The plot-driven “add your child to the story” books just don’t bring a lot to the table. If your kid is too young to read for themselves, just add their name into a real story written by a real author, and they won’t be able to tell the difference. Your Child and the Chocolate Factory, Your Child and the Magic Pebble, Your Child and the Terrible, Horrible, No Good, Very Bad Day – trust me, reading aloud, you’ll be able to work in details of your child’s life WAY more seamlessly than those companies can. And, if your child is old enough to read for themselves, will they really care about those personalized books anymore? Will they really care if Buzz Lightyear mentions their home address during a break in the Toy Story 3 personalized storybook? If they really want to see their names in print, there are better options. There are lots of self-publishing sites right now, where it’s fairly easy to create a your own book, or you could create a custom Shutterfly picture book where you can create your own story text to accompany actual photographs of your kid. (That would probably be the most cost-effective way to handle it.) Yes, you won’t have access to an illustrator, but the art in these personalized books isn’t exactly David Wieser-level stuff to begin with, so it’s not a huge loss.
Plus – and get ready to see my crazy side – there’s this whole other, vaguely sinister aspect of book personalization that has always made me uncomfortable, particularly now that, thanks to digital readers, we’re getting further and further away from owning hard copies of our favorite books. Because, at some point, we’re going to be able to access those Kindle files or Nook files that we’ve purchased and, through Adobe or some other suite of tools, make changes to them. It’ll start off cute and innocuous – “I made it ‘Dave and the Giant Peach’. I just did a search-and-replace and swapped out Dave for James… he LOVES it.” And then people will go further. Changing Scout’s name in To Kill a Mockingbird (“Her name is Jenny now! And I gave Atticus a cell phone!”), changing the ethnicity of the characters in The Invisible Man (“Now it speaks to me even more that the oppressed characters are half-French and half-Maltese!”), editing out bits they don’t particularly care for (“I just think Anne Frank could’ve benefitted from a better editorial team, that’s all.”). It’s a slippery slope.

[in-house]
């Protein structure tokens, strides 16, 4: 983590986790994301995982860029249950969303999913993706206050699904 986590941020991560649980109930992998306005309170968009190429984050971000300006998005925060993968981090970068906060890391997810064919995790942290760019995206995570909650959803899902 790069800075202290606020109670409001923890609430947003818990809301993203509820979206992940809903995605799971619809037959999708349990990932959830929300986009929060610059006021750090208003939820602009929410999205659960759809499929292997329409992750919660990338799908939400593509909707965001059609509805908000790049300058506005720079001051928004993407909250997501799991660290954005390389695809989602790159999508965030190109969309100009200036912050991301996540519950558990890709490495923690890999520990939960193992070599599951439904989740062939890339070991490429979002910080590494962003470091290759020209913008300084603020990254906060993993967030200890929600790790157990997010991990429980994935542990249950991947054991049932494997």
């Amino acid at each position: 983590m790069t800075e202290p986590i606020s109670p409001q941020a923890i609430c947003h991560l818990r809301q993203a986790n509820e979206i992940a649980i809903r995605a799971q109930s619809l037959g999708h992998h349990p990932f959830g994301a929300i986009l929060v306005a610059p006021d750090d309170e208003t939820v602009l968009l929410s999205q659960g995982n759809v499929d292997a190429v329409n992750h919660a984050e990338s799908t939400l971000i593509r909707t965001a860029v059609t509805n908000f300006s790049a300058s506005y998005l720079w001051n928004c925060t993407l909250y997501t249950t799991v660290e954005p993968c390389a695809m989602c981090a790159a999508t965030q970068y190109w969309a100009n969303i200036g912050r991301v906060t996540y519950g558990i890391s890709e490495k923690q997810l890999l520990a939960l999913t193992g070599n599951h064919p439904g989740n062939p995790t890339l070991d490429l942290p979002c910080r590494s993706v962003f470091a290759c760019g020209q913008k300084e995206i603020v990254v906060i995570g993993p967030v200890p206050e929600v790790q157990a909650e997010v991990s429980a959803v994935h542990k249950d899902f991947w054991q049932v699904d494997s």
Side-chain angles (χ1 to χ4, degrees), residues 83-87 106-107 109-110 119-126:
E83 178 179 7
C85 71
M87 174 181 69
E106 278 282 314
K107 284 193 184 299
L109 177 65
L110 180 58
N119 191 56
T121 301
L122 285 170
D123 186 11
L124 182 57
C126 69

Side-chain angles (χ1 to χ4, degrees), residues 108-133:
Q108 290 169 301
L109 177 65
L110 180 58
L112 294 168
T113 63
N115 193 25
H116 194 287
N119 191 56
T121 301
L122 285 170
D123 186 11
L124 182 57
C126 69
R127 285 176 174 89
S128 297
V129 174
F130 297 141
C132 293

(OK, I’ve taken my pill and my crazy side is receding now.)
That’s a very long-winded way of saying that I just don’t understand the upside of the personalization argument. Yes, you see your name on a printed page, but give me five seconds with a laptop and a printer, and I can manufacture the same experience. My issue is that the personalization seems to come at a cost. At the moment, you can only personalize REALLY bad or (at the best) mediocre books. And, for the really great books out there, would you really want to mess with their DNA just to insert some familiar names and addresses? I don’t see the benefit.
It sounds like a cute baby shower gift, but, folks, you can do better. Let’s leave the personalization for the “This Book Belongs To” page and stop exposing kids to sub-par reading material just because a publisher promises to spell their name right. (They lie.)